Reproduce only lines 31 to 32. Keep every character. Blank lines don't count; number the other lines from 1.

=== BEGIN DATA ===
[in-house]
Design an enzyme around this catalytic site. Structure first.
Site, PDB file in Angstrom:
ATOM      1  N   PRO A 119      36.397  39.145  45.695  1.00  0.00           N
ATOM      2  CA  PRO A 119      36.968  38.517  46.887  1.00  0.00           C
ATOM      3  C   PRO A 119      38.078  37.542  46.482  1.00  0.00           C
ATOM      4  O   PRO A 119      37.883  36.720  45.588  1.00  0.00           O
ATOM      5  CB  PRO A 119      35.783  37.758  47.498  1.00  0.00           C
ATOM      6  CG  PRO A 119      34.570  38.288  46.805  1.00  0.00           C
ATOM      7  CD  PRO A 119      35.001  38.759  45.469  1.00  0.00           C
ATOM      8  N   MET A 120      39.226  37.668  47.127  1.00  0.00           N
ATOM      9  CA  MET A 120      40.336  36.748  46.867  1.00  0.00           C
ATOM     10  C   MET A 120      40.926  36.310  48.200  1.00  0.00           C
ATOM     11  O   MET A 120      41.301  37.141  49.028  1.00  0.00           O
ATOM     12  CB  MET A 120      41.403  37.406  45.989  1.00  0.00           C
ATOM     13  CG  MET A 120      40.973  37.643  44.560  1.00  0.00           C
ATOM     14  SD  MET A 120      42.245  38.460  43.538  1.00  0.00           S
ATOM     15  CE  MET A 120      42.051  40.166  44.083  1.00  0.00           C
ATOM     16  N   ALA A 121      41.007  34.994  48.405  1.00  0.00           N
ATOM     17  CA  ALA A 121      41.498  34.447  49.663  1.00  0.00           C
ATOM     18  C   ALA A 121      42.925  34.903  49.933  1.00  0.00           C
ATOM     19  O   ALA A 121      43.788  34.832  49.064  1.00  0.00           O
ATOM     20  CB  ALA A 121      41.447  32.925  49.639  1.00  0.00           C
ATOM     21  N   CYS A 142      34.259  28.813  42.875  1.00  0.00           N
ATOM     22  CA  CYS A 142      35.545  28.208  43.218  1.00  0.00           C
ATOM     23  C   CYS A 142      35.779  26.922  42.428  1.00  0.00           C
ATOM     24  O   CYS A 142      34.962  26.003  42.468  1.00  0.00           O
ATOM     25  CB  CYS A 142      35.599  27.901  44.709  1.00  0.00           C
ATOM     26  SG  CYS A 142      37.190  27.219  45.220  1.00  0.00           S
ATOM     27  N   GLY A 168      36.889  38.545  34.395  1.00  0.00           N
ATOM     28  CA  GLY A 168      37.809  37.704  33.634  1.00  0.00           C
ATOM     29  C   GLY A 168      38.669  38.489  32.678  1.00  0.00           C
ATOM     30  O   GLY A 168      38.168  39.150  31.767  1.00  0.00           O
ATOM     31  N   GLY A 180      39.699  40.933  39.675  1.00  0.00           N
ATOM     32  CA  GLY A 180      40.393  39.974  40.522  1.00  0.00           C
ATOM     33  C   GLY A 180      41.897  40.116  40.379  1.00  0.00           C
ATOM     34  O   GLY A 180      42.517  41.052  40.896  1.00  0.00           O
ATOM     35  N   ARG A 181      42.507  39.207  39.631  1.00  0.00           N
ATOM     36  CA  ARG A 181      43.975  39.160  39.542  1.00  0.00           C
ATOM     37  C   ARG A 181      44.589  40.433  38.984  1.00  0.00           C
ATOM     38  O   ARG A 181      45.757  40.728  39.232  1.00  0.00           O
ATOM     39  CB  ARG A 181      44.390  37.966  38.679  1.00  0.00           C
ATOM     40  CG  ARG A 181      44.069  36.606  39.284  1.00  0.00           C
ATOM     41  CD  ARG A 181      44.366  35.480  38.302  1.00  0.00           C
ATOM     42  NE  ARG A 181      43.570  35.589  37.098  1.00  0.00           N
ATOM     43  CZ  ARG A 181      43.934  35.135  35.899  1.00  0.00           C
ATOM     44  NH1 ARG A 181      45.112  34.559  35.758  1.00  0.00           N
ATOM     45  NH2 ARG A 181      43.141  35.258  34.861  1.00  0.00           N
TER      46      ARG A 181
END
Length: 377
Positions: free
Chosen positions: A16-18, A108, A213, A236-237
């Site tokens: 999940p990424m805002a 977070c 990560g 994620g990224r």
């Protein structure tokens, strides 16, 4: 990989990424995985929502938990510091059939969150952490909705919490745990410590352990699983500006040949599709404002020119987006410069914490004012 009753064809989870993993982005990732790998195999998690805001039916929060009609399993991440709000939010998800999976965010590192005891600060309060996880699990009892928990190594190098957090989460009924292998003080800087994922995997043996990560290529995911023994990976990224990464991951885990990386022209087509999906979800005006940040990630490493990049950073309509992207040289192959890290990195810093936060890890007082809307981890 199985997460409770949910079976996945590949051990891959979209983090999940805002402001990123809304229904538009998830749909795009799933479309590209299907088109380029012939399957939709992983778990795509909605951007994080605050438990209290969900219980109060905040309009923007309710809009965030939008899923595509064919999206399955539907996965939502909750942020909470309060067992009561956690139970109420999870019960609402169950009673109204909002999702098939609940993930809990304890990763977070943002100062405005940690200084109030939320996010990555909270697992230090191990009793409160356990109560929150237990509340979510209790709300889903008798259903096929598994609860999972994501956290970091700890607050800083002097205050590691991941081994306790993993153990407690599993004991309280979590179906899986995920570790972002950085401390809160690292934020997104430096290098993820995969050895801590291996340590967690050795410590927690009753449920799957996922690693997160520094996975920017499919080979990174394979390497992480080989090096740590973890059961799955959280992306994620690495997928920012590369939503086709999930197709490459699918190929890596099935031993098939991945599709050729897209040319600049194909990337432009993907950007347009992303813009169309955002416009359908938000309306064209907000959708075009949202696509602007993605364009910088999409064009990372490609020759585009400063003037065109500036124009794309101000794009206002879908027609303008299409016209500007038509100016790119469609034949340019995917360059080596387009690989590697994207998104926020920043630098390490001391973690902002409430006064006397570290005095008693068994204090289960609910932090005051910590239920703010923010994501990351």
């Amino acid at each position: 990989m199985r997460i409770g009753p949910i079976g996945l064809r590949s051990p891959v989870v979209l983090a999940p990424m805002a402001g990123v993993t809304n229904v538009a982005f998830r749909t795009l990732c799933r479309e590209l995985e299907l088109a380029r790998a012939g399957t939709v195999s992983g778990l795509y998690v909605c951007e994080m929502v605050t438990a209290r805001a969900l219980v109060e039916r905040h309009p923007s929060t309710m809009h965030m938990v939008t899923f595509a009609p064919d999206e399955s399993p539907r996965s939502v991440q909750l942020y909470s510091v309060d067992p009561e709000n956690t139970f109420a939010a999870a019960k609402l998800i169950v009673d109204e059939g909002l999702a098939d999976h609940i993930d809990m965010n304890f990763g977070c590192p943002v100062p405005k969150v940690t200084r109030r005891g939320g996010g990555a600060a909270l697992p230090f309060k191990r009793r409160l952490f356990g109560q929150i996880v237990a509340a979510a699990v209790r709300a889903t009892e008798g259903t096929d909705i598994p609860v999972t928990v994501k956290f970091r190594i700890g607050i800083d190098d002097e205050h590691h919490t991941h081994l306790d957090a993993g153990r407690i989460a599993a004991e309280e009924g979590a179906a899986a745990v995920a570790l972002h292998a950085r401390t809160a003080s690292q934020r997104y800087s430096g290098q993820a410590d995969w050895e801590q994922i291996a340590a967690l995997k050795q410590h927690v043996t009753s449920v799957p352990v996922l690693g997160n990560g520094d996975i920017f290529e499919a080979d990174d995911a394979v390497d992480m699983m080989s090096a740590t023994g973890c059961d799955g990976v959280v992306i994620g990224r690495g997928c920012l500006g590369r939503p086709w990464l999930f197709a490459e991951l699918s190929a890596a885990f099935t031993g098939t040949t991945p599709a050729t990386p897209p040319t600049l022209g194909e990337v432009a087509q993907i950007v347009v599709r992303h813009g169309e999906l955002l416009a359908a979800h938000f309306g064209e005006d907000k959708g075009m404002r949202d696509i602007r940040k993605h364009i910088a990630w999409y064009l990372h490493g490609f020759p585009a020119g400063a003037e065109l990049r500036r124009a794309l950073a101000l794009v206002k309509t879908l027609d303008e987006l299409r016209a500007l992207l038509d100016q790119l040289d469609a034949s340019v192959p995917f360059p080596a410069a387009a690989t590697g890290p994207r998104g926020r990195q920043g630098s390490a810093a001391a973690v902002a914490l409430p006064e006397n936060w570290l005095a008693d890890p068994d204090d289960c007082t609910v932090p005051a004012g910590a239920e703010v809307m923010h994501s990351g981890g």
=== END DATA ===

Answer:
ATOM     28  CA  GLY A 168      37.809  37.704  33.634  1.00  0.00           C
ATOM     29  C   GLY A 168      38.669  38.489  32.678  1.00  0.00           C